Strategy making can be emotional for decision makers, especially when facing a major threat or a disruptive change. Yet, we know little about whether and how strategic decision makers’ emotions are regulated and how such regulation influences strategy making. Based on a longitudinal study of Nokia from 2007 to 2013, we develop a process model of socially distributed emotion regulation. This model shows how various organizational groups help regulate top managers’ emotions. Top managers contain their initial emotional reactions to strategic options thanks to activities performed by groups with power over top managers. This enables top managers to form data-informed reappraisals of strategic options, contributing to gradual changes in their emotions. The reappraisal process is aided by diverse groups performing distinct roles. Top managers’ revised emotions, in turn, enable them to form new, iterative data-informed reappraisals and ultimately enable radical strategic change. Our study contributes to research on emotions and strategy making by showing how socially distributed emotion regulation operates during strategy making and influences its outcomes. We contribute to the cognitive perspective on strategy by showing how cognition and emotion interact over time during strategy making.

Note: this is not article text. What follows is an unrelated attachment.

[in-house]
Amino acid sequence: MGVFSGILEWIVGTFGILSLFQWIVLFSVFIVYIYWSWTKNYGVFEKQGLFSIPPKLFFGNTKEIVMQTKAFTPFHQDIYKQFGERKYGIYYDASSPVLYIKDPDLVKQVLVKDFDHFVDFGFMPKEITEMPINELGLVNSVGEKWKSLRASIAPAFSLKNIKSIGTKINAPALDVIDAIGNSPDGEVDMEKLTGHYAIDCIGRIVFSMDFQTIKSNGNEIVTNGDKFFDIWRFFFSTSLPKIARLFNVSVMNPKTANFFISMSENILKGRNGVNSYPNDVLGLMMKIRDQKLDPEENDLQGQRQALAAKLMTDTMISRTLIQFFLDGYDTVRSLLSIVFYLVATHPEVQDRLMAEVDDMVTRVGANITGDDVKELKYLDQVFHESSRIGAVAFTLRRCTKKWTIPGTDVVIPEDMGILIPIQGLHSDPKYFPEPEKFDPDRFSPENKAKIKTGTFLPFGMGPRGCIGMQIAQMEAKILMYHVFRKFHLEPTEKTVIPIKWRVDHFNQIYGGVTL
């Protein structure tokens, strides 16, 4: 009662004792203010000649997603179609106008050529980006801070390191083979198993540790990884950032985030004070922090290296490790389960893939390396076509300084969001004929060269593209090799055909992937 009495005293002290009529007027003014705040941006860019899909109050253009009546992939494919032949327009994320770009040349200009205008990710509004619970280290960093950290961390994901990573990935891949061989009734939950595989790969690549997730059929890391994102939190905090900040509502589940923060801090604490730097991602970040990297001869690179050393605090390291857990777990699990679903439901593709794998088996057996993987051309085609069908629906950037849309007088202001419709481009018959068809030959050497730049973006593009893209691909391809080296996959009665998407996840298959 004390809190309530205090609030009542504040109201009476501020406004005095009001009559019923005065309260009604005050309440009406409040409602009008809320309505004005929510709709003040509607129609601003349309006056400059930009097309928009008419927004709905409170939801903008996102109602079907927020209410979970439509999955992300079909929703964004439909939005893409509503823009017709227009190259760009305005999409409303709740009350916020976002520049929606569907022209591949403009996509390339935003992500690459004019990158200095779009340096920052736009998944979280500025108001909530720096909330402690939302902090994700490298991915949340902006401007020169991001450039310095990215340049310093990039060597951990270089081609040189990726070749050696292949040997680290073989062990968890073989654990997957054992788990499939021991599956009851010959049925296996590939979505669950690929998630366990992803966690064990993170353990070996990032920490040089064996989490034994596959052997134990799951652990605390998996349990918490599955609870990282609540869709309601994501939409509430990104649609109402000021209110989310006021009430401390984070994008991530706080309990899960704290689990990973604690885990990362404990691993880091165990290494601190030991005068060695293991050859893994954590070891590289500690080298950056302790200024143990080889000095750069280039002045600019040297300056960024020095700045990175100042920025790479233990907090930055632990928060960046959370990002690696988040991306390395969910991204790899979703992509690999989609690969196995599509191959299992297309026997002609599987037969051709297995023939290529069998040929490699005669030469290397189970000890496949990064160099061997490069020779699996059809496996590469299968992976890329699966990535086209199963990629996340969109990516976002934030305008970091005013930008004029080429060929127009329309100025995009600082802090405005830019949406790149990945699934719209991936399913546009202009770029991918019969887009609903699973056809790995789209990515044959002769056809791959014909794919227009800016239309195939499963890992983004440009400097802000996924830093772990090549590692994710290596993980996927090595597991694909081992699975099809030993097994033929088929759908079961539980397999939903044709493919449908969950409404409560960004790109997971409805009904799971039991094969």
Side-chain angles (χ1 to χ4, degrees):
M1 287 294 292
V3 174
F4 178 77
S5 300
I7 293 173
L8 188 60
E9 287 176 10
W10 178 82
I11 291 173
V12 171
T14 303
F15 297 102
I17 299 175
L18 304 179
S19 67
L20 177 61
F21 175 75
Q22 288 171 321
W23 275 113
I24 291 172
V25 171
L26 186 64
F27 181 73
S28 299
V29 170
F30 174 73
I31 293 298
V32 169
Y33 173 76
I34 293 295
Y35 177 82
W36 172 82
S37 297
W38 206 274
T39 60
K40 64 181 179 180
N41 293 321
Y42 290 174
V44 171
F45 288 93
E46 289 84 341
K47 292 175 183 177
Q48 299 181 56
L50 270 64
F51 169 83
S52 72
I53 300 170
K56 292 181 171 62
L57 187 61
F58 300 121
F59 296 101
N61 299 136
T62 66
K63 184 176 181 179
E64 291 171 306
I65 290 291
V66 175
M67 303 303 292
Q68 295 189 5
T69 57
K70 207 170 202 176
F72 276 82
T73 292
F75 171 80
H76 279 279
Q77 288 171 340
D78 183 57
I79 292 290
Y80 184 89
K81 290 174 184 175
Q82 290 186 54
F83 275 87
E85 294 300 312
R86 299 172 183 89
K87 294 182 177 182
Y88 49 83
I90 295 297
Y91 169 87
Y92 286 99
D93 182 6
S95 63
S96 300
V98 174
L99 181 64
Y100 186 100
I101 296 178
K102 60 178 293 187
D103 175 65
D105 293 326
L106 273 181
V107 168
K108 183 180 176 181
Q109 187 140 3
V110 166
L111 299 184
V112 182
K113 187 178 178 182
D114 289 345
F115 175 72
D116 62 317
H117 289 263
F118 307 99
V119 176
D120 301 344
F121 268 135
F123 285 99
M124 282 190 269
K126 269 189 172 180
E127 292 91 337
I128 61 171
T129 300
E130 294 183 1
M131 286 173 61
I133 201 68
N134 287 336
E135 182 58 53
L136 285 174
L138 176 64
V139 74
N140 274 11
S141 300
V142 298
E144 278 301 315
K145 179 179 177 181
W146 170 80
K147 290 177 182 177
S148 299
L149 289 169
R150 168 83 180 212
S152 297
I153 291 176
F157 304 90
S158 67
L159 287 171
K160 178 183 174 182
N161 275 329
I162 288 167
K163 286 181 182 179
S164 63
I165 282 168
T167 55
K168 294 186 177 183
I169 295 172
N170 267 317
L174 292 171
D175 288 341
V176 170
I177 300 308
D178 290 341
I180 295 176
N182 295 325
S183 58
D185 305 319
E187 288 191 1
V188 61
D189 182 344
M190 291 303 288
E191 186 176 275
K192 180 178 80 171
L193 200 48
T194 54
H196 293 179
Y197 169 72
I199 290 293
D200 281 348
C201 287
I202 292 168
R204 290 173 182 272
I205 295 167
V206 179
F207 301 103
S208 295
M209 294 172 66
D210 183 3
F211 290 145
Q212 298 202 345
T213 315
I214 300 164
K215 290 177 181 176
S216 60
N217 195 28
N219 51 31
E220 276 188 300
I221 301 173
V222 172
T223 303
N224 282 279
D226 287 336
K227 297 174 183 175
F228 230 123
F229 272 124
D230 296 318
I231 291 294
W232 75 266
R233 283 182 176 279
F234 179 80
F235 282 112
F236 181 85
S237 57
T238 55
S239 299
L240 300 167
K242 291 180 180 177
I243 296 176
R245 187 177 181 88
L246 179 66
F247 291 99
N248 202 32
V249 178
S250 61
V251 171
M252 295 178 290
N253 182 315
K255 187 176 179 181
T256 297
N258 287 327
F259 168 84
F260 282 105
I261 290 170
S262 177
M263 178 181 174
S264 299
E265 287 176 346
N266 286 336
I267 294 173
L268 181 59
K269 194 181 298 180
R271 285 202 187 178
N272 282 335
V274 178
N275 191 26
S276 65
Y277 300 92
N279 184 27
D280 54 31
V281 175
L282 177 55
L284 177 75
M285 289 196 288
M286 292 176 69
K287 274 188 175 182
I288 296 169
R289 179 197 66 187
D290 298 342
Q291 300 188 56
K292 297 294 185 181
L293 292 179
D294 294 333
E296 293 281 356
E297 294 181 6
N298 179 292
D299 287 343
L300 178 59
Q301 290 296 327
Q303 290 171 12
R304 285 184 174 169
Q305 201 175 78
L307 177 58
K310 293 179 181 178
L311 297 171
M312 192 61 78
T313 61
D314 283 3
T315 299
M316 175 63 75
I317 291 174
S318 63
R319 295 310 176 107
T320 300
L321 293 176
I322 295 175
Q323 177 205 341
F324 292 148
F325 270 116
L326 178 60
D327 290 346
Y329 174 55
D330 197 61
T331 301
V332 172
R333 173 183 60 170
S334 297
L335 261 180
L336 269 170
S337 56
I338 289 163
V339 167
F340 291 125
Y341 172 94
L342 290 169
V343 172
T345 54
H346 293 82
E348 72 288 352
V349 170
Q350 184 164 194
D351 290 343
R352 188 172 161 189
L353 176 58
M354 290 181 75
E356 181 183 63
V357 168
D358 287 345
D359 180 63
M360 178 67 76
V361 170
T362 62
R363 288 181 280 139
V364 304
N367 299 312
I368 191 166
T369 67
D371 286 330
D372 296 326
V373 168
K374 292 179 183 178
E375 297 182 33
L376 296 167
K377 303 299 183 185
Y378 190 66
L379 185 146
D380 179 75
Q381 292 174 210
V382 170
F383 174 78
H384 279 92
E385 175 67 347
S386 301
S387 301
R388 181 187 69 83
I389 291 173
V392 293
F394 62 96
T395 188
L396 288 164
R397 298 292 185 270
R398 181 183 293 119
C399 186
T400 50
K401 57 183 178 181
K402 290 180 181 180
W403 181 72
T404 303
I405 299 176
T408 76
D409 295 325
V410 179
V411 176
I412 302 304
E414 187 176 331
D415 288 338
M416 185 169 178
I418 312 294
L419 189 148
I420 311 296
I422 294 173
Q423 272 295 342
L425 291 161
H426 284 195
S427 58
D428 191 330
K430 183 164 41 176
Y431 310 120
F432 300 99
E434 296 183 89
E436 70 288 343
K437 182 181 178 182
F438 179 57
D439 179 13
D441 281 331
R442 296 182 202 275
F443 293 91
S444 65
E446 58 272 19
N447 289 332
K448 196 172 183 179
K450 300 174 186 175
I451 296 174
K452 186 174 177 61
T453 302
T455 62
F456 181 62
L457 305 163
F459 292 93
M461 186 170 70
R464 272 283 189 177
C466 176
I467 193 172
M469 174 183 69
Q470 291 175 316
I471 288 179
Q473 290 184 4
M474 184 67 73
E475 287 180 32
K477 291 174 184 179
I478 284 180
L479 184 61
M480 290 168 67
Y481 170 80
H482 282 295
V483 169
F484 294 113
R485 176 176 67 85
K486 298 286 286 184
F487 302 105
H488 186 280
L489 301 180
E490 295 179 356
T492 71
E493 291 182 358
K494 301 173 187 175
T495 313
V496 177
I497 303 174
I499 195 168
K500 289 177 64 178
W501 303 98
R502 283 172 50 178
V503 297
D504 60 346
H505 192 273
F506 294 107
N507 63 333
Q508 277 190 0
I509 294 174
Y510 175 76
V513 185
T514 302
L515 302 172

|Number of pages||31|
|Journal||Academy of Management Journal|
|Early online date||4 Dec 2020|
|Publication status||Published - Feb 2022|
|MoE publication type||A1 Journal article-refereed|